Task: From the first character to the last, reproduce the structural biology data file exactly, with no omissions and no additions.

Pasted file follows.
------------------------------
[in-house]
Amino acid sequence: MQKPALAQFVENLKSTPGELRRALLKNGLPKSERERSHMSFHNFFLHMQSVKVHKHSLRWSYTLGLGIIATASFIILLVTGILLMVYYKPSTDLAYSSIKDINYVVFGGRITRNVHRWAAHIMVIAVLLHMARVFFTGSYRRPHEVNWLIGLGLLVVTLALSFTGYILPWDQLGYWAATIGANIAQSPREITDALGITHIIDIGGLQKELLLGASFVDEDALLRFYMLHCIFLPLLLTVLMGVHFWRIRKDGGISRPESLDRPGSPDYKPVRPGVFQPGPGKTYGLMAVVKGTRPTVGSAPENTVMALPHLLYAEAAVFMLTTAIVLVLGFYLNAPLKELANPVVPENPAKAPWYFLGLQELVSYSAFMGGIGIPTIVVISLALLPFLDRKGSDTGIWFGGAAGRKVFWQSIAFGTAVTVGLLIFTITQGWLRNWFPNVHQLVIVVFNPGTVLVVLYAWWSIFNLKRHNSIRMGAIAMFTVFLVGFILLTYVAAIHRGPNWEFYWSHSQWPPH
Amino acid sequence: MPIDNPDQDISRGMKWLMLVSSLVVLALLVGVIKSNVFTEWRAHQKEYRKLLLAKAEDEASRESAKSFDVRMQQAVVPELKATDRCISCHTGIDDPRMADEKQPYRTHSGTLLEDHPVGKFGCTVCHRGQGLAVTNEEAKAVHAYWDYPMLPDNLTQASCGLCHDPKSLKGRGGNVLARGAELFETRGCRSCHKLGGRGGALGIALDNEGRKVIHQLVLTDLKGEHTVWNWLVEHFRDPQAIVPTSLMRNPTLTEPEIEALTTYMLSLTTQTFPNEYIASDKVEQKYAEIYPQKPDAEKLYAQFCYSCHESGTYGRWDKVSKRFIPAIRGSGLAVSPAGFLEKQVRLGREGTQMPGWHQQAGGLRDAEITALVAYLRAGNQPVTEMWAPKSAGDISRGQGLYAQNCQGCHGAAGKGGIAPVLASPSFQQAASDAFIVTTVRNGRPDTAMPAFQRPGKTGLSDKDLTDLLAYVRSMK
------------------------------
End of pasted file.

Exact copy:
[in-house]
Amino acid sequence: MQKPALAQFVENLKSTPGELRRALLKNGLPKSERERSHMSFHNFFLHMQSVKVHKHSLRWSYTLGLGIIATASFIILLVTGILLMVYYKPSTDLAYSSIKDINYVVFGGRITRNVHRWAAHIMVIAVLLHMARVFFTGSYRRPHEVNWLIGLGLLVVTLALSFTGYILPWDQLGYWAATIGANIAQSPREITDALGITHIIDIGGLQKELLLGASFVDEDALLRFYMLHCIFLPLLLTVLMGVHFWRIRKDGGISRPESLDRPGSPDYKPVRPGVFQPGPGKTYGLMAVVKGTRPTVGSAPENTVMALPHLLYAEAAVFMLTTAIVLVLGFYLNAPLKELANPVVPENPAKAPWYFLGLQELVSYSAFMGGIGIPTIVVISLALLPFLDRKGSDTGIWFGGAAGRKVFWQSIAFGTAVTVGLLIFTITQGWLRNWFPNVHQLVIVVFNPGTVLVVLYAWWSIFNLKRHNSIRMGAIAMFTVFLVGFILLTYVAAIHRGPNWEFYWSHSQWPPH
Amino acid sequence: MPIDNPDQDISRGMKWLMLVSSLVVLALLVGVIKSNVFTEWRAHQKEYRKLLLAKAEDEASRESAKSFDVRMQQAVVPELKATDRCISCHTGIDDPRMADEKQPYRTHSGTLLEDHPVGKFGCTVCHRGQGLAVTNEEAKAVHAYWDYPMLPDNLTQASCGLCHDPKSLKGRGGNVLARGAELFETRGCRSCHKLGGRGGALGIALDNEGRKVIHQLVLTDLKGEHTVWNWLVEHFRDPQAIVPTSLMRNPTLTEPEIEALTTYMLSLTTQTFPNEYIASDKVEQKYAEIYPQKPDAEKLYAQFCYSCHESGTYGRWDKVSKRFIPAIRGSGLAVSPAGFLEKQVRLGREGTQMPGWHQQAGGLRDAEITALVAYLRAGNQPVTEMWAPKSAGDISRGQGLYAQNCQGCHGAAGKGGIAPVLASPSFQQAASDAFIVTTVRNGRPDTAMPAFQRPGKTGLSDKDLTDLLAYVRSMK